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Ina Bara balanced heavy loads on her small frame with ease. I was in my first year of school when I first met her and the other women who cleaned the hostel and washed clothes and played for students. I always wondered why they had to do this. These women were old enough to be our grandmothers. Yet they balanced water on their heads. Bent their backs under the hot Zaria sun to wash our clothes and plates. And the hostels were never dirty. Up until I had started living in Zaria I had not seen this kind of poverty up front. In my head. These women’s children should be the one’s taking care of them.
Ina Bara died last week. A friend came to visit and told me about her death. In her absence I had thought about her dying. The last time I saw her she was fetching water for my neighbour. I greeted her like I always did
“sannu Ina bara” “sannu A’isha ” she replied. When I asked how she died I was told she was sick. The friend who told me said she might have had Tuberculosis. And I remembered the bad cough she had before I went home after the first semester. I imagined Ina Bara lying in her home or in a hospital, her frail body even smaller from the sickness. Later on another friend said she heard that Ina Bara had built a house. I was happy when I heard this. Because all I could think of when she died was that she didn’t leave anything for her children. Even though she had worked so hard and for so long.
A lot of women in Arewa are like Ina Bara. 70% of Nigeria’s poor people are women and a higher concentration of these women are in the north. With more than half of the population of Northern Women out of school and without any trades or business skills. The possibility of escaping the poverty line is grim. Women like Ina Bara do not achieve a lot because they’re in a system where literacy and education are key to making money. In a culture where women are expected to take care of children and their homes. Breaking this obstacle wouldn’t come easy if not through sheer willpower. Ina Bara was able to do this. But for every one there are 100s of Arewa women who would never be able to build a house who would die leaving nothing for their children.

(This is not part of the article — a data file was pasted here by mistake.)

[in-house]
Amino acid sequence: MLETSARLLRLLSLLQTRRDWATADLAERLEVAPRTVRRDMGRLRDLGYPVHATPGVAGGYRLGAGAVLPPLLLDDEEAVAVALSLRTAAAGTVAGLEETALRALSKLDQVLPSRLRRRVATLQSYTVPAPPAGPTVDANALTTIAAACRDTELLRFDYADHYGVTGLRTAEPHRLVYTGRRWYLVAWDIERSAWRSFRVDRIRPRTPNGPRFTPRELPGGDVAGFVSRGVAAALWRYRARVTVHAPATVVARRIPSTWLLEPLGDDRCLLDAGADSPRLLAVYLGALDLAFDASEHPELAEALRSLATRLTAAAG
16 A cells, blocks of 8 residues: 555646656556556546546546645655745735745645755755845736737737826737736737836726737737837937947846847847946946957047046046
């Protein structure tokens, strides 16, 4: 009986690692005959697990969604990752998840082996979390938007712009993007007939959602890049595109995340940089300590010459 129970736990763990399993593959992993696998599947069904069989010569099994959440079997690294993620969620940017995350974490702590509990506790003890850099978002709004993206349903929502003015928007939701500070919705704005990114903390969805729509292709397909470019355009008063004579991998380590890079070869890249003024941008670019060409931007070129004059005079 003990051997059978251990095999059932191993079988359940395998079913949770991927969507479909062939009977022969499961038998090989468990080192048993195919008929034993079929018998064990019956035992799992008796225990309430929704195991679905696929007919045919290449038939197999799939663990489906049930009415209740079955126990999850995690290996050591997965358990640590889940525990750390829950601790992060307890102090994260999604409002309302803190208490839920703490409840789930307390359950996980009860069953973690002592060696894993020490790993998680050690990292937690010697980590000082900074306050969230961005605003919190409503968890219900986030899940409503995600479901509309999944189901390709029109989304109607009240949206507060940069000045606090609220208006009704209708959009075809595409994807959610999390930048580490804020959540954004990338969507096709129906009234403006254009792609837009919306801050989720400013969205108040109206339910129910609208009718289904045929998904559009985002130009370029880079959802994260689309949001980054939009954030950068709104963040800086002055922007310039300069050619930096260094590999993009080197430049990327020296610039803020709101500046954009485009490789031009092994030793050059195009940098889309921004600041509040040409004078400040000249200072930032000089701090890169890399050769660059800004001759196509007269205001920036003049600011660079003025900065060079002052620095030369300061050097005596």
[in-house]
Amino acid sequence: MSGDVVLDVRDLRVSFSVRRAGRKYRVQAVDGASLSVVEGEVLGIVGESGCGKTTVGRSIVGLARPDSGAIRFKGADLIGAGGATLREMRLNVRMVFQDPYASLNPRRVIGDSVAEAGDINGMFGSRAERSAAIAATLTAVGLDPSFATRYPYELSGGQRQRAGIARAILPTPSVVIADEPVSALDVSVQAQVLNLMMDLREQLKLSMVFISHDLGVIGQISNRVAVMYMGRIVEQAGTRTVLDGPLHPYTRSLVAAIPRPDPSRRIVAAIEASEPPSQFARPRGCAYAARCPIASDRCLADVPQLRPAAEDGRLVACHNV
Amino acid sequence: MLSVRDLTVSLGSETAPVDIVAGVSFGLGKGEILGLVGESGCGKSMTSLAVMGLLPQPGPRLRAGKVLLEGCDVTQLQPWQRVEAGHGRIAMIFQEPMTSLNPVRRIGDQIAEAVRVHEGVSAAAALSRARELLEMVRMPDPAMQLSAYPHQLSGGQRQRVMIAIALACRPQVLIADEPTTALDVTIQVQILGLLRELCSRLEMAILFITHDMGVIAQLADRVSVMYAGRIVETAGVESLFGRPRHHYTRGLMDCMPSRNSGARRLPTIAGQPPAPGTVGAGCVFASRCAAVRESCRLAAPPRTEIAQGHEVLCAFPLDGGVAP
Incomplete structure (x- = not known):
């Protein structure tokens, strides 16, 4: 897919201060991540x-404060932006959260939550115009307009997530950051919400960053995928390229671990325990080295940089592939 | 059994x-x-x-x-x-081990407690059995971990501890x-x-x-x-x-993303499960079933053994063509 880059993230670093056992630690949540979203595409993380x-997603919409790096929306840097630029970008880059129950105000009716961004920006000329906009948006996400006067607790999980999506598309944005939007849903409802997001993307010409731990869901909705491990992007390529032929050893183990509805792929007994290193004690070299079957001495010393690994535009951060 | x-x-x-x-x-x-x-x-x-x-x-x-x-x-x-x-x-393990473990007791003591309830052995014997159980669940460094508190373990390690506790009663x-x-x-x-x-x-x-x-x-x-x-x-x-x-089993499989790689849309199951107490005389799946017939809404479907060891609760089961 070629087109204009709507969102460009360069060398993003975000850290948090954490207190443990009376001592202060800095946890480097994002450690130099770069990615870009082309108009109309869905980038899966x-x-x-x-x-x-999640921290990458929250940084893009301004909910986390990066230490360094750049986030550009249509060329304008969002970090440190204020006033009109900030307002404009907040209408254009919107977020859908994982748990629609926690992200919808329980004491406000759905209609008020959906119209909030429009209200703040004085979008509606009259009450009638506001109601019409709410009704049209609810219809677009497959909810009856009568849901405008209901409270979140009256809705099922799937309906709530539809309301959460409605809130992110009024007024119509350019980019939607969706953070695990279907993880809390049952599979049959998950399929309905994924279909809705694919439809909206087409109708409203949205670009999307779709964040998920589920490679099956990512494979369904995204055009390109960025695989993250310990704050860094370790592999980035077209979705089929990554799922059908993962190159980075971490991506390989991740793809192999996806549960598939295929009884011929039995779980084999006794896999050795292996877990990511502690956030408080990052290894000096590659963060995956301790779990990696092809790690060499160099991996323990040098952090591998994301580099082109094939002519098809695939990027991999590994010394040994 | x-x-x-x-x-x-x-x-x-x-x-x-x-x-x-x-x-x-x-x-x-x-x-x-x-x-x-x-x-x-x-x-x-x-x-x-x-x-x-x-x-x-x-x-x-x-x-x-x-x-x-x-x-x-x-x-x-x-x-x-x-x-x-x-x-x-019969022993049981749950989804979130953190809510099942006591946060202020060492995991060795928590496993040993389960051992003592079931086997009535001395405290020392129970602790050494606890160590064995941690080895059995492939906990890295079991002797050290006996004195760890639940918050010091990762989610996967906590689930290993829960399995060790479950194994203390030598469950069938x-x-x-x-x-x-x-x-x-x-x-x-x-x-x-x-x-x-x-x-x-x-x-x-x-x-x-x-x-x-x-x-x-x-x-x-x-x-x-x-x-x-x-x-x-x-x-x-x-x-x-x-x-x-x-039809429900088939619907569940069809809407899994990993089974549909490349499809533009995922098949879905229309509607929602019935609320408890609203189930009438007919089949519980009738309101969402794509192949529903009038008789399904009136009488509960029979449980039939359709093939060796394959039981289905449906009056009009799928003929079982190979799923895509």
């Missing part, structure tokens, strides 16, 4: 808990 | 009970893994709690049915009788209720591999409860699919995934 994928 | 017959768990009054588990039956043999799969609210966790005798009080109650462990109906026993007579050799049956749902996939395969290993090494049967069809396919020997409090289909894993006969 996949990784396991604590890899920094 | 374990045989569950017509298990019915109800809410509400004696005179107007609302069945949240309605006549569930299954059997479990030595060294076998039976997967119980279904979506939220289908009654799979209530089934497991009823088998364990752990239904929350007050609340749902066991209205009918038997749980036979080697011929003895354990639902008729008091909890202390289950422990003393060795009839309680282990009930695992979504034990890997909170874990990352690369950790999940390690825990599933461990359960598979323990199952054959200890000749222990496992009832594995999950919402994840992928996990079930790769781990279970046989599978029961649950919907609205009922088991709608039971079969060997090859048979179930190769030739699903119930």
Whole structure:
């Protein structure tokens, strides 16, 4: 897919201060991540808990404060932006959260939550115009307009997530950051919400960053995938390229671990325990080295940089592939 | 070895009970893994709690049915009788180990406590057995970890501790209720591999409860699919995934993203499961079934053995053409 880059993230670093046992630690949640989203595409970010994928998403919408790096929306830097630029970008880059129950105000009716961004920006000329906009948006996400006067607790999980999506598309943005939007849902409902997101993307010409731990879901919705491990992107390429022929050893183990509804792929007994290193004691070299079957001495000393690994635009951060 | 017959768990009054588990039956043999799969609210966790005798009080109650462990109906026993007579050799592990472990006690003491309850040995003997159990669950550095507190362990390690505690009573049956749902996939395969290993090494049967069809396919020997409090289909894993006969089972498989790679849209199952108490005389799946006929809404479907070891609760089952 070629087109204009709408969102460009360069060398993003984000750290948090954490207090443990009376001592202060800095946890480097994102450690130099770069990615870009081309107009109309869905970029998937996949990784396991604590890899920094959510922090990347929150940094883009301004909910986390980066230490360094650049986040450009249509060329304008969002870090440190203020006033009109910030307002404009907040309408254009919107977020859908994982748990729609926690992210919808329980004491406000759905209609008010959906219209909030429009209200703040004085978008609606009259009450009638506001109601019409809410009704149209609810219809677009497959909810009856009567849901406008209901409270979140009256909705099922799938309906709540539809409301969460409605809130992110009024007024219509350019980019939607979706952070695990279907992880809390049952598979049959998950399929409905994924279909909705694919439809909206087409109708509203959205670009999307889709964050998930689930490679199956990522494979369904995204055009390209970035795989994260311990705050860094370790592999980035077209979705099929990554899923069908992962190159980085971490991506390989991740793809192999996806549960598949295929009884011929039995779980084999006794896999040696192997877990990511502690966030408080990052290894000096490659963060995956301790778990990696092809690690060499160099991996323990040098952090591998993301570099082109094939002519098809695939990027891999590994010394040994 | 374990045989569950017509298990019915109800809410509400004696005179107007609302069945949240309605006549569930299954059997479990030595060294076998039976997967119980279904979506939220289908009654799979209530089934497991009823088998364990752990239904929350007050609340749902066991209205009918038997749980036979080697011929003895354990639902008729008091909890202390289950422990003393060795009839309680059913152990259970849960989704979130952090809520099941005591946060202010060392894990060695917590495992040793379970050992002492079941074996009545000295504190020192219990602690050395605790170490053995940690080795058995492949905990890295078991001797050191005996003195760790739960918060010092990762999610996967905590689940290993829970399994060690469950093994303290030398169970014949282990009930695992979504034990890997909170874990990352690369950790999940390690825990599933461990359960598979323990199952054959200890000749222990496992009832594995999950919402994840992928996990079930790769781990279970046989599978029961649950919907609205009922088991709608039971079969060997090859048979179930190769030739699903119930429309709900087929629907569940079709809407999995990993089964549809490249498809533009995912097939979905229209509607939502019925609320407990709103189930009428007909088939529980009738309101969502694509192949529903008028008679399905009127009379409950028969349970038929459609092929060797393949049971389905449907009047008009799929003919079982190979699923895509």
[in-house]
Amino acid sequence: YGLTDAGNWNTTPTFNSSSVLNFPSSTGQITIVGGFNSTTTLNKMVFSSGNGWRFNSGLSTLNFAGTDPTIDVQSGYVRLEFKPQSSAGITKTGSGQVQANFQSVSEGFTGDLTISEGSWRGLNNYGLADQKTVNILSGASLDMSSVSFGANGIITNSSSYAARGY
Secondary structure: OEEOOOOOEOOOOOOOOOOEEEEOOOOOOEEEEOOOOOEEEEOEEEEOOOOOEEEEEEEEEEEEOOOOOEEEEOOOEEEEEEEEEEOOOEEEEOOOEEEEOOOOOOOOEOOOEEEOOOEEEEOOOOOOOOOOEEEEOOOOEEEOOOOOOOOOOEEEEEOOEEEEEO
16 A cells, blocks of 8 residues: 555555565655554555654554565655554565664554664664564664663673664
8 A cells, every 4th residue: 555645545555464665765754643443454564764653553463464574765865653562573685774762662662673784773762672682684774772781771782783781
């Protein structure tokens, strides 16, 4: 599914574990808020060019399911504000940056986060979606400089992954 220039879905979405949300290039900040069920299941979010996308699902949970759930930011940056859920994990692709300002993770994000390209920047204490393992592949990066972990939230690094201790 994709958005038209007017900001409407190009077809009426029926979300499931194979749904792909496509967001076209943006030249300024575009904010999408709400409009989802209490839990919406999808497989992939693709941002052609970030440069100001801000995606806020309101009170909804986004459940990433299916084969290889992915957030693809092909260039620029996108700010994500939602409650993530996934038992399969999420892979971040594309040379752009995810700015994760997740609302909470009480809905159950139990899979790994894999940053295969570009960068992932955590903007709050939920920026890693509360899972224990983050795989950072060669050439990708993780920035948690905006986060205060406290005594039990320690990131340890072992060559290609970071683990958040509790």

It is ironic that a culture that demands that women should take care of their children and homes. Does not give room for the same women to be comfortable enough to do so. I’d like to think that Ina Bara wouldn’t have died if she had enough money for healthcare or if she wasn’t doing so much manual labour, physically demanding and unskilled work at her age. Besides being unable to understand why these old women had to do so much work to survive. I didn’t understand why their husbands, the supposed head of their homes, were unable to provide for them. The patriarchal society does it so women have to depend on men. This cripples women into thinking they don’t need to make a lot for themselves as long as their husbands can take care of them and their children. This tracks women’s ambition and desire to make their own money.
If northern Nigeria cared about the crippling economic crisis of the north. It would educate its women. It would ensure that even women living in rural areas would have a chance at breaking the poverty line.
Data: Nigerian women are one of the poorest demographic. The income gap exists between men and women which in turn contributes to feminization of poverty (Hajara, 2011). It was clearly indicated that the 70 percent of the population in Nigeria estimated to be living below the poverty line, over 65% are projected to be women indicating that the men have greater access to high-paying, secured employment etc. (World Bank 2010).